How Airline Revenue Management Can Make a Comeback
In recent years, airline RM has become far less effective and strategic but with increased customer engagement, merchandising and personalisation change is afoot, writes Tom Bacon
When airline revenue management (RM) was in its infancy, decades ago now, it was highly strategic. It neatly ticked all the boxes that McKinsey & Company defines as the characteristics of an effective strategy. According to the global consultancy firm, strategy should be analysed through four lenses – financial performance, markets, competitive advantage, and operating model. By doing so, companies are better placed to make unbiased decisions, improve strategic dialogue and make big, bold changes.
Historically, airline RM was on the right track and worked something like this.
- Financial – New sophisticated analytics applied to airline pricing drove large, measurable revenue increases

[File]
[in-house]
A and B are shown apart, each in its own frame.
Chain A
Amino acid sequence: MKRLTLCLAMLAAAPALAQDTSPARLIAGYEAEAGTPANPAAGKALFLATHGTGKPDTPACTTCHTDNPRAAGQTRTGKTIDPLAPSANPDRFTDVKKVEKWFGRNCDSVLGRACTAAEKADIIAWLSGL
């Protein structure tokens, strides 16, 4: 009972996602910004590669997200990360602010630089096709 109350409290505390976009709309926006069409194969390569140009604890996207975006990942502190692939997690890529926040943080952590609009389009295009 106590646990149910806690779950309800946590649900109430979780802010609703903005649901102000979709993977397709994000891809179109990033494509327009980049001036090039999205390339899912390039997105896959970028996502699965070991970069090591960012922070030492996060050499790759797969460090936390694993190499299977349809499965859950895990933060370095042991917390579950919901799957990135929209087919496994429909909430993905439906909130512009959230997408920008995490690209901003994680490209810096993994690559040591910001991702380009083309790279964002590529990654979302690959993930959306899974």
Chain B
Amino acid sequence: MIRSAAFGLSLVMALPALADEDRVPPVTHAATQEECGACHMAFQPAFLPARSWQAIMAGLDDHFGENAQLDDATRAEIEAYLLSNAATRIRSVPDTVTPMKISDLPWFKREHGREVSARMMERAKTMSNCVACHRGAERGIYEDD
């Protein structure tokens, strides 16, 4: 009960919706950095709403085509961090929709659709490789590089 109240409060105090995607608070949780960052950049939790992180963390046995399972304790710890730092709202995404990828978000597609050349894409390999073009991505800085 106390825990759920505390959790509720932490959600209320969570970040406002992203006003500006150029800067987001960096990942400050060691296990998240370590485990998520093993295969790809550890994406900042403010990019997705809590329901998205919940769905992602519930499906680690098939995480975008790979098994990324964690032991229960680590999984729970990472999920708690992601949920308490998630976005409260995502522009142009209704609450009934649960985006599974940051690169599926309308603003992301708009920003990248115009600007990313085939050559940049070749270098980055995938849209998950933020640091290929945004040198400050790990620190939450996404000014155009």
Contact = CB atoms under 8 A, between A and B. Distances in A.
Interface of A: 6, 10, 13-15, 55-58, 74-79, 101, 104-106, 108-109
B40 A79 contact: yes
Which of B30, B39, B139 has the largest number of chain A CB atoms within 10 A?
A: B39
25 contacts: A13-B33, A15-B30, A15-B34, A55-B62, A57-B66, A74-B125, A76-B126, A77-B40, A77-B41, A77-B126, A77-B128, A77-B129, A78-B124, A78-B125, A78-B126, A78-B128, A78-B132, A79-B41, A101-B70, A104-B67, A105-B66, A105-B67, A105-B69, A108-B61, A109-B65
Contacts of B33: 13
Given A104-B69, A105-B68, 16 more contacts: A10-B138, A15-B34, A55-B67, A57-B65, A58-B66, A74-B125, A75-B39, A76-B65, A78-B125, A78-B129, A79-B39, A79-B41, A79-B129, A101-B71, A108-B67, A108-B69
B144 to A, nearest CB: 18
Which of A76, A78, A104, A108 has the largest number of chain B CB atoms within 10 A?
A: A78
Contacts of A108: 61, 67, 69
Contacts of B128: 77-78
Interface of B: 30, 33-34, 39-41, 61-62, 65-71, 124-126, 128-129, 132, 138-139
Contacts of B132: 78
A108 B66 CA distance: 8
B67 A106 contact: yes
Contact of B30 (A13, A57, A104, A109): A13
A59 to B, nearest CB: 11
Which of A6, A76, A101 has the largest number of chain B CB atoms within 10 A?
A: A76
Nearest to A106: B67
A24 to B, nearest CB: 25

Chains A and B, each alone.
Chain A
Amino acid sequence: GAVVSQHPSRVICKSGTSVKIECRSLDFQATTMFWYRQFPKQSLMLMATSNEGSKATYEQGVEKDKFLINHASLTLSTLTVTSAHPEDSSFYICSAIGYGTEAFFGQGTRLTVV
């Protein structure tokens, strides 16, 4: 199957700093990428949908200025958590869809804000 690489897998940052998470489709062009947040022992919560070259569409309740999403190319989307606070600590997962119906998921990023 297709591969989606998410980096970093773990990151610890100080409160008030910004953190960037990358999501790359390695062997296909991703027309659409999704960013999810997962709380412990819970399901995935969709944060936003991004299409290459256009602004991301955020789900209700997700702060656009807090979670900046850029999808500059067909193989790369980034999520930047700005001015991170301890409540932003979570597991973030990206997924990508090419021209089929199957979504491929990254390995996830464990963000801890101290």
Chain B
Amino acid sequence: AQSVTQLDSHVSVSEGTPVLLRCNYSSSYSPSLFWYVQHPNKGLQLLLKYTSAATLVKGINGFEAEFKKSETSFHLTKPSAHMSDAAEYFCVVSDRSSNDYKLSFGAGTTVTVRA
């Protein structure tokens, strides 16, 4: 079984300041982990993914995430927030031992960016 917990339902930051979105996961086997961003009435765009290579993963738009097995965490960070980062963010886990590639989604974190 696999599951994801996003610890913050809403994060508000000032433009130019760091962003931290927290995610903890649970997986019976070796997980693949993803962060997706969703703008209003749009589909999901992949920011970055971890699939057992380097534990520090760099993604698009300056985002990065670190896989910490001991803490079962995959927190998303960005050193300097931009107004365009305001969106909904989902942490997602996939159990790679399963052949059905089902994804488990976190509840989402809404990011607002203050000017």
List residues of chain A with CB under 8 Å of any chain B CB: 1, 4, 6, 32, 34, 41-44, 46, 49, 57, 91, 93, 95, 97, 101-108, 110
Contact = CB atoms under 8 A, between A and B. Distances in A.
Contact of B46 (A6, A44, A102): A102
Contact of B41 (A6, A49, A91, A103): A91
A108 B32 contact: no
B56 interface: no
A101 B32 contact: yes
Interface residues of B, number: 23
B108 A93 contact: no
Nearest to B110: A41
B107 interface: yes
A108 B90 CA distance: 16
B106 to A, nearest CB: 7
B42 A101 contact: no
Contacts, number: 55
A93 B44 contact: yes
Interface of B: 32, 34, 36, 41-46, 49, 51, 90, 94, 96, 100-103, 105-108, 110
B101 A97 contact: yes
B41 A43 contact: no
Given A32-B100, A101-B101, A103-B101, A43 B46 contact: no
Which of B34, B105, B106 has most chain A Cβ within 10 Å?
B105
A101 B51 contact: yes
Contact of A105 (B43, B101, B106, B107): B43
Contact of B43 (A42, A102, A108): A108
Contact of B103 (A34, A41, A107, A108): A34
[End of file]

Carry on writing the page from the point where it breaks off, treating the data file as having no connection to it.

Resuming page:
- Market – By offering low fares – even on a subset of seats –airlines were able to stimulate demand, and drive higher load factors
- Competitive Advantage – The resulting mix of fares meant the airlines could both compete aggressively against lower cost new entrants and retain their higher fare business passengers
- Operational – The airlines set up new RM departments with new recruiting, training, and dedicated market management
But RM has now become much less strategic. It is viewed more like crew scheduling and line maintenance – a basic part of running an airline. In fact, arguably, looking through each of McKinsey’s four lenses it now scores poorly, although there is potential for change.
Let’s take a closer look.
Although airlines may attribute two to five percent of their revenue to RM, they don’t actually measure this gain. Even more rarely do they know how much their unique (that is, strategic) version of RM adds to their profitability. They rarely know where their current process adds value and where the systems didn’t work. Just as RM systems are now commonplace – all airlines have some form of RM – the benefit has become more ‘a given’ and less measurable with the function effectively less accountable.